Bishop Francis X. DiLorenzo of the Diocese of Richmond was told that a diocesan charity planned to help a 16-year-old ward of the federal government obtain an abortion in January and was told he could not prevent the action.
Stephen Neill, spokesman for the Diocese of Richmond, told the Washington Times that Bishop DiLorenzo “was told erroneously that everything was in place and there was nothing he could do to stop it.”
“He is very apologetic about the whole episode,” Neill continued. “It is very awkward, it is very embarrassing. A human life was taken. He certainly has not taken it lightly in any way. He is clearly opposed to abortion."
Neill told the Washington Times that Bishop DiLorenzo was informed of the planned abortion on January 17, the day before the abortion was performed on the unborn child and the 16-year-old Guatemalan girl who was a foster care client of Commonwealth Catholic Charities of Richmond (CCR). CCR is incorporated under the diocese.
The girl, who already has one child, reportedly had been fitted with a contraceptive device provided by CCR members two months before the January 18 abortion. The Washington Times reports that CCR members or volunteers signed the consent form required for a minor to have an abortion and also arranged her transportation to and from the abortion clinic.
Neill said a volunteer, not a CCR staff member, drove the girl to the abortion clinic.
Writing in a June 25 letter, Bishop DiLorenzo called the abortion a “monumental tragedy.”
“I join my sadness to yours at the loss of the life of an unborn child whose teenage mother was in the foster care of Commonwealth Catholic Charities, he wrote. Because of “issues of privacy” and “the ongoing legal investigations,” he said, there is a need to “be prudent in making any public statement.”
The bishop said that questions about CCR oversight and the apparent lack of a pro-life formation of CCR employees would have to be answered by “the board, the administration and the staff of Commonwealth Catholic Charities.”
Bishop DiLorenzo issued an extended apology, saying:
“Obviously, respect for the life of the unborn is a basic tenet of our Catholic faith and morality. I would ask all of you to pray that we correct what needs correcting and strengthen areas that need strengthening so that Catholic Charities might continue their mission of service to those in need.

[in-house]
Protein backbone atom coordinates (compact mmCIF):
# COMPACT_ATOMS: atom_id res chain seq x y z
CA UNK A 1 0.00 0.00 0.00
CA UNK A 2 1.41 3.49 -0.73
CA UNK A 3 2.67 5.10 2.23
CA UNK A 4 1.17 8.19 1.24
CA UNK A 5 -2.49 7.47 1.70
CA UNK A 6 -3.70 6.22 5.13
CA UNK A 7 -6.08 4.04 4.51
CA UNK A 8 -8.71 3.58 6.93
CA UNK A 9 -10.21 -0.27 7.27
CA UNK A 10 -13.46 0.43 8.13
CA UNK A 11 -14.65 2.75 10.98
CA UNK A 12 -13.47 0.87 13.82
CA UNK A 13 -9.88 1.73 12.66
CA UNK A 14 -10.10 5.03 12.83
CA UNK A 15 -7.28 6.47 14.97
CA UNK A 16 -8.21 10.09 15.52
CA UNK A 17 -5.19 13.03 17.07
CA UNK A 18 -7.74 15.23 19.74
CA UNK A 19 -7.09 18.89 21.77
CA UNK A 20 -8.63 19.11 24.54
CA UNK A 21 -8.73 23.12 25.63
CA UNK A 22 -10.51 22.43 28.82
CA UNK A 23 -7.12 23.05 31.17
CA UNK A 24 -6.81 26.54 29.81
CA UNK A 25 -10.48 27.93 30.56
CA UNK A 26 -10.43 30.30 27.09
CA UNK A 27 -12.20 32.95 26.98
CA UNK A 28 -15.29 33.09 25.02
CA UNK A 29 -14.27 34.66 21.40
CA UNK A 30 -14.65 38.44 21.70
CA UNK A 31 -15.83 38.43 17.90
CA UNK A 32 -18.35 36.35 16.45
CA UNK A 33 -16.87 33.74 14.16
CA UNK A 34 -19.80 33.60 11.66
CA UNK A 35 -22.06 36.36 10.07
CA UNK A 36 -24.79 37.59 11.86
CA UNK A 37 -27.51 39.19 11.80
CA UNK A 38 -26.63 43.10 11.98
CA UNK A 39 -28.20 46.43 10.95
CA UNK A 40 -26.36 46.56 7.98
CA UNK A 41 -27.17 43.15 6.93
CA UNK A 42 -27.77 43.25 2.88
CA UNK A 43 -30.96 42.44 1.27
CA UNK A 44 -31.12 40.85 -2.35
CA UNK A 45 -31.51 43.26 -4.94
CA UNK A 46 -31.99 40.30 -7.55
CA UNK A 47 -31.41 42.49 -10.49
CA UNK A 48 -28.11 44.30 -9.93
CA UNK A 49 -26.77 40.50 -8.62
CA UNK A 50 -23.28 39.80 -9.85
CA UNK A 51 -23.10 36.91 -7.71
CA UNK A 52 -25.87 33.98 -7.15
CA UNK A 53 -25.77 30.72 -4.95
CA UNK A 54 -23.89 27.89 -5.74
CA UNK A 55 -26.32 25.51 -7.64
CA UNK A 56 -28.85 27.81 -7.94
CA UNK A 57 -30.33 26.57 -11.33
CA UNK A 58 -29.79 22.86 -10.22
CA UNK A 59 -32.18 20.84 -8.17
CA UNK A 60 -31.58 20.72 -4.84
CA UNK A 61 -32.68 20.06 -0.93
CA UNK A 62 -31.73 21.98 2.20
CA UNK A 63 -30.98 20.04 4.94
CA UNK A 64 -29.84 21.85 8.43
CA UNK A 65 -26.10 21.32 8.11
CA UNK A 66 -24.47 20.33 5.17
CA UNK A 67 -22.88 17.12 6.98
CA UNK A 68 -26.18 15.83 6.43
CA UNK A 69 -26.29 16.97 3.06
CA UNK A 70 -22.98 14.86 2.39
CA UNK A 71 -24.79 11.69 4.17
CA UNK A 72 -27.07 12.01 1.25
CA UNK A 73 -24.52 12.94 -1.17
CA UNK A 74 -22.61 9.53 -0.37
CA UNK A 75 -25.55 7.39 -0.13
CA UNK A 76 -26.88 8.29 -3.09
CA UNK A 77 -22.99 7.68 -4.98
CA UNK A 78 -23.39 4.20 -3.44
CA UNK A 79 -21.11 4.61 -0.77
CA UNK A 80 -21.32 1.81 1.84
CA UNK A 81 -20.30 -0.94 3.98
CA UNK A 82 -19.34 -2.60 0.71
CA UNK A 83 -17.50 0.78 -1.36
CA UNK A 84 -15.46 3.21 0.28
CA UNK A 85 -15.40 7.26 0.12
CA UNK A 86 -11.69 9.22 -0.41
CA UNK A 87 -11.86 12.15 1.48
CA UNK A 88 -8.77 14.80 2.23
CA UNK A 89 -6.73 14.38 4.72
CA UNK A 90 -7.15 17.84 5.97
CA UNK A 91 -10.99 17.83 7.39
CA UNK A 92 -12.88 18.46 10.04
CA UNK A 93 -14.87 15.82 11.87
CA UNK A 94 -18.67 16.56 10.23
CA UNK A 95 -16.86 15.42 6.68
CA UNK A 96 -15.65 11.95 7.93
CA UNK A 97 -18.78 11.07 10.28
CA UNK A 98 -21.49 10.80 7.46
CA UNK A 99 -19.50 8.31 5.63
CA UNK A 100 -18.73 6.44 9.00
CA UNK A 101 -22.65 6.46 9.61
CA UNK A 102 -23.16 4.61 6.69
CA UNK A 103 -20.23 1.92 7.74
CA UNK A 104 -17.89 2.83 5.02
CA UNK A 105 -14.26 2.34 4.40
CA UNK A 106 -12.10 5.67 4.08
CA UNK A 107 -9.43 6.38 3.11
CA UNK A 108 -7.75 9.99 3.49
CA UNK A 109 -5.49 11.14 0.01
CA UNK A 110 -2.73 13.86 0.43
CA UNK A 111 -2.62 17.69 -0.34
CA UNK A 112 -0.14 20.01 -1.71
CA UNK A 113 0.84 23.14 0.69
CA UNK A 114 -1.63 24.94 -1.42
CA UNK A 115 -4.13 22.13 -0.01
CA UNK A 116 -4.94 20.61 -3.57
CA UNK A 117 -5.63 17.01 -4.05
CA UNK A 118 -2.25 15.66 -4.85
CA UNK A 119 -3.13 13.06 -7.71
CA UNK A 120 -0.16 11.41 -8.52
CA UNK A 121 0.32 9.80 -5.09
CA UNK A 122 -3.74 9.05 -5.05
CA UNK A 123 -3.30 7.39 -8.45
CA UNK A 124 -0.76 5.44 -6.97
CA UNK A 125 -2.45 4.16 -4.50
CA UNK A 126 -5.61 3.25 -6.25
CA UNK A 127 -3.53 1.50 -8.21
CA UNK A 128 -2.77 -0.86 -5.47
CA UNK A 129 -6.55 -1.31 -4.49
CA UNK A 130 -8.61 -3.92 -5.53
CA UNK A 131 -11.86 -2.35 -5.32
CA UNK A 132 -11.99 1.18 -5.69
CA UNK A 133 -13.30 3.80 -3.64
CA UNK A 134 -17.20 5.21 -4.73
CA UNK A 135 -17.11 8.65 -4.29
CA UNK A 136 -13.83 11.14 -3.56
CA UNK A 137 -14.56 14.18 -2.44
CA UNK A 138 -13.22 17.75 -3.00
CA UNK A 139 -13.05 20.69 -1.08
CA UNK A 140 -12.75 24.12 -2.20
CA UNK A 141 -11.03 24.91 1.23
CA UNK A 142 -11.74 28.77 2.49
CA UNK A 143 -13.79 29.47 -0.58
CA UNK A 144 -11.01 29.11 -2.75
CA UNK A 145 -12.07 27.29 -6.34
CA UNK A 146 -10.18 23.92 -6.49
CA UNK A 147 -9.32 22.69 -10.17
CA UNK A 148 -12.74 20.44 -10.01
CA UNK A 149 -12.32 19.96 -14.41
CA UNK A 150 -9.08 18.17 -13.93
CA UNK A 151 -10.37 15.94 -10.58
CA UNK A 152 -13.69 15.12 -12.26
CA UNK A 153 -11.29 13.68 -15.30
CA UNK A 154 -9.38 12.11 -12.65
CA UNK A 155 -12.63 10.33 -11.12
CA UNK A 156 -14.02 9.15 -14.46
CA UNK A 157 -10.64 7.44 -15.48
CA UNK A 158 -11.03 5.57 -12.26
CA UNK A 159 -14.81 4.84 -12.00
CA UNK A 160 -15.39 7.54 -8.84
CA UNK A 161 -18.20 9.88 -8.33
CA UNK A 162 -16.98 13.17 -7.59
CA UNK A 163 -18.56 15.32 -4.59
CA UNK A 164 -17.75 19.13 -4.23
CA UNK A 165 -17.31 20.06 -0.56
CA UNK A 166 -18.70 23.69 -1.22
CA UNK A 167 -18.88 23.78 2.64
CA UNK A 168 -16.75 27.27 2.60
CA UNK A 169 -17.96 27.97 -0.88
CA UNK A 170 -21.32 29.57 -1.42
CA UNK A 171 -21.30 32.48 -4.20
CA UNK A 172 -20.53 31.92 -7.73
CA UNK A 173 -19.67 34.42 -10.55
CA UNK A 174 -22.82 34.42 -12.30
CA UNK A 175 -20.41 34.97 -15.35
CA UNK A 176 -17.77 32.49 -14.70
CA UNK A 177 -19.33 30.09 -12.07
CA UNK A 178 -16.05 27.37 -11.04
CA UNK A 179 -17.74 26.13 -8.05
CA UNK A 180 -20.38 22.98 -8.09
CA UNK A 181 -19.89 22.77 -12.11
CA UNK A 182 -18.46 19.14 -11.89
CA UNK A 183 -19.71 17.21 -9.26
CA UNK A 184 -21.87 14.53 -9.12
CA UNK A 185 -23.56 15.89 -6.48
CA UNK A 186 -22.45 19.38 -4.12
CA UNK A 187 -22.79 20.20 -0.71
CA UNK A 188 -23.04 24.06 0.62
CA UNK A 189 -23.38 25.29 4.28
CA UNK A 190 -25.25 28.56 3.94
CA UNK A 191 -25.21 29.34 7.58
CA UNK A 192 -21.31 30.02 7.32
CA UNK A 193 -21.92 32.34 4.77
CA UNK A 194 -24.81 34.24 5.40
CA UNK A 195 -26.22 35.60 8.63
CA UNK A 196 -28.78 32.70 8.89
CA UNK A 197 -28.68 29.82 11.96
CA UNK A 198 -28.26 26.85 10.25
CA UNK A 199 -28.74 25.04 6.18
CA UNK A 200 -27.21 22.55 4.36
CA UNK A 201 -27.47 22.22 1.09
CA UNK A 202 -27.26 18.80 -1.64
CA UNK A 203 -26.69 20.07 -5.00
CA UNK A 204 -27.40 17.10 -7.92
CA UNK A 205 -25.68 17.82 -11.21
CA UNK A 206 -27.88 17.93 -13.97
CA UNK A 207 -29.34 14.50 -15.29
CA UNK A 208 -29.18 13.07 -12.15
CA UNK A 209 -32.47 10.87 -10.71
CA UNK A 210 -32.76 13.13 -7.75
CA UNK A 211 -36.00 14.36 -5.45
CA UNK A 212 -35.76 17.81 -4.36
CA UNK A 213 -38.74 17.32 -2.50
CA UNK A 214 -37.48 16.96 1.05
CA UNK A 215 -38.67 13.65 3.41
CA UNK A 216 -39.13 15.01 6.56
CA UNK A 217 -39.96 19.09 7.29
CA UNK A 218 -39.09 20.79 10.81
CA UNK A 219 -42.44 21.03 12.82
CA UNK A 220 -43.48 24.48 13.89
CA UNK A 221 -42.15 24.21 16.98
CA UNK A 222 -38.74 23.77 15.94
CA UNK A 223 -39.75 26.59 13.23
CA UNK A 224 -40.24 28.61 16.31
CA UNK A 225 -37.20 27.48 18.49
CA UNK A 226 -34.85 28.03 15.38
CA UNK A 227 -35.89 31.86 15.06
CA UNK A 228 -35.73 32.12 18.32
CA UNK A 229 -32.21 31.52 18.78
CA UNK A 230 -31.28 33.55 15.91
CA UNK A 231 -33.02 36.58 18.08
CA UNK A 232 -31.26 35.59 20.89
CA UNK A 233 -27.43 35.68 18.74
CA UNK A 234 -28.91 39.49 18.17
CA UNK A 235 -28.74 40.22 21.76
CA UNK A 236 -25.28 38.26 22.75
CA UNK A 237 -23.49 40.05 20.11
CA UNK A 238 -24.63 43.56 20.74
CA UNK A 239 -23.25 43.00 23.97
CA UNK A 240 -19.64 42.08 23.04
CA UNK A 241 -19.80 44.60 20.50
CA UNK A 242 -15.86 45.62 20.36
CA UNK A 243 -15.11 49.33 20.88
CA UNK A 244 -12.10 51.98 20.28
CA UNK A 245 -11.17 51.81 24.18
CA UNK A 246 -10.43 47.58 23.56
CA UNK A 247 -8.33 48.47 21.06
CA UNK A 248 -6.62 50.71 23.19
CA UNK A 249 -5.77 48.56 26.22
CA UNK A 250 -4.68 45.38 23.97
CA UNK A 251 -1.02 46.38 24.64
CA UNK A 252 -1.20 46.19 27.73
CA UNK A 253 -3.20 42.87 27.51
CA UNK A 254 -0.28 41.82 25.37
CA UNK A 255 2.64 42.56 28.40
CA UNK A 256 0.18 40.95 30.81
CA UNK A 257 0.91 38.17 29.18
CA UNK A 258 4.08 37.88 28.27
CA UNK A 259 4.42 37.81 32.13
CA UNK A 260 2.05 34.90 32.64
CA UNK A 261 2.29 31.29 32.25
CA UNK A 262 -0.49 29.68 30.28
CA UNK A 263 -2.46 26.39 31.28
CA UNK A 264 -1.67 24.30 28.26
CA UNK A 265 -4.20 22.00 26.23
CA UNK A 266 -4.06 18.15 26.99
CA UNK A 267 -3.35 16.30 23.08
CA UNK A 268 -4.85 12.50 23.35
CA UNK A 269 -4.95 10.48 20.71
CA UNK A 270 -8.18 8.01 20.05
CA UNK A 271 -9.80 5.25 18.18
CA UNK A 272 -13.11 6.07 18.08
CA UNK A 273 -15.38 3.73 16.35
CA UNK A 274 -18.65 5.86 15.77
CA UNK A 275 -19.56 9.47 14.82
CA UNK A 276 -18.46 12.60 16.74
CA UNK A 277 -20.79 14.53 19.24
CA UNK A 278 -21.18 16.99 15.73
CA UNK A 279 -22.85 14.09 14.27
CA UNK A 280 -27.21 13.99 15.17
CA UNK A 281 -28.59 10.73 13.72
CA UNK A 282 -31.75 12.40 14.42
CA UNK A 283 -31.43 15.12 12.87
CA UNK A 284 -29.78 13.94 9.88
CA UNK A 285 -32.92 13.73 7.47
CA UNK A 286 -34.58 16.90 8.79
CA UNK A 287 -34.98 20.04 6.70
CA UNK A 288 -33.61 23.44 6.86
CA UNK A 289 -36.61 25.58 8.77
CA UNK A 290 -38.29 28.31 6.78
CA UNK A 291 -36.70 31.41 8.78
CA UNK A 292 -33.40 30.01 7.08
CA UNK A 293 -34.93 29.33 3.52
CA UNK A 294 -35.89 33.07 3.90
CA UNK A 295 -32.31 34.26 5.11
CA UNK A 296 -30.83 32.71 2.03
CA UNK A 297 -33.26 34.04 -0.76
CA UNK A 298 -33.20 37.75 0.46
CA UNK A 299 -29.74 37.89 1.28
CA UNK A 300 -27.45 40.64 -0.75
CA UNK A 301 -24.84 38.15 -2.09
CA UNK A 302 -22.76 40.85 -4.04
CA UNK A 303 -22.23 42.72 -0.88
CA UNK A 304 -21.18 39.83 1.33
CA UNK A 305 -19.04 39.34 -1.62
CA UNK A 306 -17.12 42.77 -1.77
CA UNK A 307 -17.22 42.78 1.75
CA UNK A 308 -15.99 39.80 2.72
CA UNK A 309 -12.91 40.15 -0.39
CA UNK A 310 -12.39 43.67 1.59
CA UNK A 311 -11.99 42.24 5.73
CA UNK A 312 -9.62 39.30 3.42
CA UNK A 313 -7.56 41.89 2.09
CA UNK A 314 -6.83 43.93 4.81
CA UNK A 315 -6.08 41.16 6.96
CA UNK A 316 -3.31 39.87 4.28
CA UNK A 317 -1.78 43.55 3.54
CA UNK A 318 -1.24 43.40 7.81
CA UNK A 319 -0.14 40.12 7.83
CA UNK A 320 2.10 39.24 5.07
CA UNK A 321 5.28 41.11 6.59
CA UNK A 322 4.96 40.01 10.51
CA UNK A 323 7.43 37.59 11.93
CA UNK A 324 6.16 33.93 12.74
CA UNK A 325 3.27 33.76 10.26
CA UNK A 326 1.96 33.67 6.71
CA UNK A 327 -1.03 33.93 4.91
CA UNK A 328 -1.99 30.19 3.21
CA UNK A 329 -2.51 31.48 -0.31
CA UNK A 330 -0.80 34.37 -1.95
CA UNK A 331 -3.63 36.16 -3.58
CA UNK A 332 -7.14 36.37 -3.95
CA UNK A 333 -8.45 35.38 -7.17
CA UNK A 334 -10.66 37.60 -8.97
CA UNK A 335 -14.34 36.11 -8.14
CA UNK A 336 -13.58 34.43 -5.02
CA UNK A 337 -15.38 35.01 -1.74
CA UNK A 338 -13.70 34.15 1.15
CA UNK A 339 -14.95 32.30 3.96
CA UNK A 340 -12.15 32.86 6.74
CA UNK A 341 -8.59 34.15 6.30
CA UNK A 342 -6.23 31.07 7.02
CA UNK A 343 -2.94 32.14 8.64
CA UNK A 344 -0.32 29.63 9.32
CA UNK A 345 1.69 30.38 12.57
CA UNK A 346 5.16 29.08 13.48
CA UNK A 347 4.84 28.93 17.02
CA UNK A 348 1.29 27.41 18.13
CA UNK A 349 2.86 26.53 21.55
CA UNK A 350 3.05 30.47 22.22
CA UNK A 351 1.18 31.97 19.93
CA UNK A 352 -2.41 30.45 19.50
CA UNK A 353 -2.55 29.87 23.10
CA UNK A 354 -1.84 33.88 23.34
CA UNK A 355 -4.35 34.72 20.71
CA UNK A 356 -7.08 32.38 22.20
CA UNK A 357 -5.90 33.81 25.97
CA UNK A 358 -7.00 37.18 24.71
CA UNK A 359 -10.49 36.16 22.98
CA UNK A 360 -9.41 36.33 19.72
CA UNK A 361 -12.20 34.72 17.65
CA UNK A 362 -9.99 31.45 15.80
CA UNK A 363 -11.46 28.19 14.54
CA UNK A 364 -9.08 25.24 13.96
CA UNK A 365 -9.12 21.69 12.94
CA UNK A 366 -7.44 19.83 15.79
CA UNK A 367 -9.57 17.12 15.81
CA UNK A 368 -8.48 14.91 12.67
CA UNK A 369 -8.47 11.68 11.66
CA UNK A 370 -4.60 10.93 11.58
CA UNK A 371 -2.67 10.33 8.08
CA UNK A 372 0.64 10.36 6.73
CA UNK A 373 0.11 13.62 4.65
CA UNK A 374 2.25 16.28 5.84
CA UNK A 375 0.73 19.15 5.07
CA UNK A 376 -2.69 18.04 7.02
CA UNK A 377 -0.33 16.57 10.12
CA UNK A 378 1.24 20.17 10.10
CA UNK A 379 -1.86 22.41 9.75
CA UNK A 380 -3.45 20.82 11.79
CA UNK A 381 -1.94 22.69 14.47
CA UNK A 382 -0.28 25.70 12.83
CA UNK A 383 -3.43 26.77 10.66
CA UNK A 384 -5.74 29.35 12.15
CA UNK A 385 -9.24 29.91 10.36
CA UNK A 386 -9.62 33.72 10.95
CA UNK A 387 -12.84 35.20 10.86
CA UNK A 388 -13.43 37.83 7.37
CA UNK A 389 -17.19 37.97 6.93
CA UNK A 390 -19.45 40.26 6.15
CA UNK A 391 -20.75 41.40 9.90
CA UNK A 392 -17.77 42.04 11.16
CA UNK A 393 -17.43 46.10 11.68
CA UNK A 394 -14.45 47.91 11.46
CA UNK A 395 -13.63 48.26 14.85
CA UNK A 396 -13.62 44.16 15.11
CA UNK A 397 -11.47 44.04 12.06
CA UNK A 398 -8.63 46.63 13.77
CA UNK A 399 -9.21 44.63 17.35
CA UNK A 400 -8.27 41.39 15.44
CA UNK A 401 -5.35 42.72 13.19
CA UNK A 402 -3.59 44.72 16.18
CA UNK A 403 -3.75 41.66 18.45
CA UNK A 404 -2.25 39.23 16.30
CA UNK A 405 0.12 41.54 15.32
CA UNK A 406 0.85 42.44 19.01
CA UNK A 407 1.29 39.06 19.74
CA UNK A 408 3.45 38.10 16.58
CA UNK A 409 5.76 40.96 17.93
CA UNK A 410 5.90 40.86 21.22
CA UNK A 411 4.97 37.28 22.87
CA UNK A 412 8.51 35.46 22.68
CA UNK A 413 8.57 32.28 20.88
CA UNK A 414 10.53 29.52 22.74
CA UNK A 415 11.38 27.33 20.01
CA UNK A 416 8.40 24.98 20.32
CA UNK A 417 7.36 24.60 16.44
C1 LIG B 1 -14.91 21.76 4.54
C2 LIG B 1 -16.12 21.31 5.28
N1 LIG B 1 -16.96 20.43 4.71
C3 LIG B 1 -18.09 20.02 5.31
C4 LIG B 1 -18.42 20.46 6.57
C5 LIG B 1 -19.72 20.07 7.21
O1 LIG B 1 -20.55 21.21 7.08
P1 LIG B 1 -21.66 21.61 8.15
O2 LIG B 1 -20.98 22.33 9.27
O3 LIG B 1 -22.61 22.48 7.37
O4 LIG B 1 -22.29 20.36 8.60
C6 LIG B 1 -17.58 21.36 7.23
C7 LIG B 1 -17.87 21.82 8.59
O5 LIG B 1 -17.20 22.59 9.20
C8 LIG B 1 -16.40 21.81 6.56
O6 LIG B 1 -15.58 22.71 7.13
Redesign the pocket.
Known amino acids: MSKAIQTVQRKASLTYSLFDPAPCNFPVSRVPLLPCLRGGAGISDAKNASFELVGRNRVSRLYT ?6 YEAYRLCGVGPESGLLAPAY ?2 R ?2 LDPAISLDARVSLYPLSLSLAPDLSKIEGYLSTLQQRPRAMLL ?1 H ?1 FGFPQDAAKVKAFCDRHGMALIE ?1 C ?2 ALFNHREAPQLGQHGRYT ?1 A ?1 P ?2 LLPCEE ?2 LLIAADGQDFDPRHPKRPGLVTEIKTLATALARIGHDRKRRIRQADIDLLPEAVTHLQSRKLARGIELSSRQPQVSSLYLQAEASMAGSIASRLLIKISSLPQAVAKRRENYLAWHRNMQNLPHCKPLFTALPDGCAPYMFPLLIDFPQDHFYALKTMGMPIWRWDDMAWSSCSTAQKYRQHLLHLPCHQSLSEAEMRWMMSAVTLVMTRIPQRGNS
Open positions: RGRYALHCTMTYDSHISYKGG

“The guilt and depression that many of us experience as a result of the behavior of a few is something that we will bear for a long time to come,” he wrote. “Finally, I express my profound apology for the loss of the life of one of the most vulnerable among us, and I apologize for the profound embarrassment this has caused the Catholic Diocese of Richmond, and Catholics throughout the United States.”
The teenage mother was a ward of the federal Office of Refugee Resettlement in the Department of Health and Human Services. HHS had contracted with CCR to care for the girl, whose parents are not in the United States.
Federal law forbids any federal funds to be used for an abortion, while Virginia law requires parental consent for a minor seeking to obtain an abortion.
In a June 19 statement CCR Executive Director Joanne Nattrass said the provision of the abortion was “contrary to basic teachings of the Catholic Church.” She wrote that neither CCR nor diocesan funds paid for the abortion. She also stated that a CCR staff member had signed the consent form for the abortion.
According to the Richmond Times-Dispatch, Neill said that Nattrass also knew the girl was getting an abortion. Nattrass reportedly told the bishop there was nothing they could do to stop the planned abortion.
Bill Etherington, an attorney for the diocese and for CCR, said Bishop DiLorenzo was given bad information about whether the abortion could be prevented, the Washington Times reports.
"He was told it could not be stopped," Etherington said. "It was erroneous information. He didn't have to sign off on it. He was not personally involved."
A Diocese of Richmond spokesperson did not respond to CNA inquiries by press time.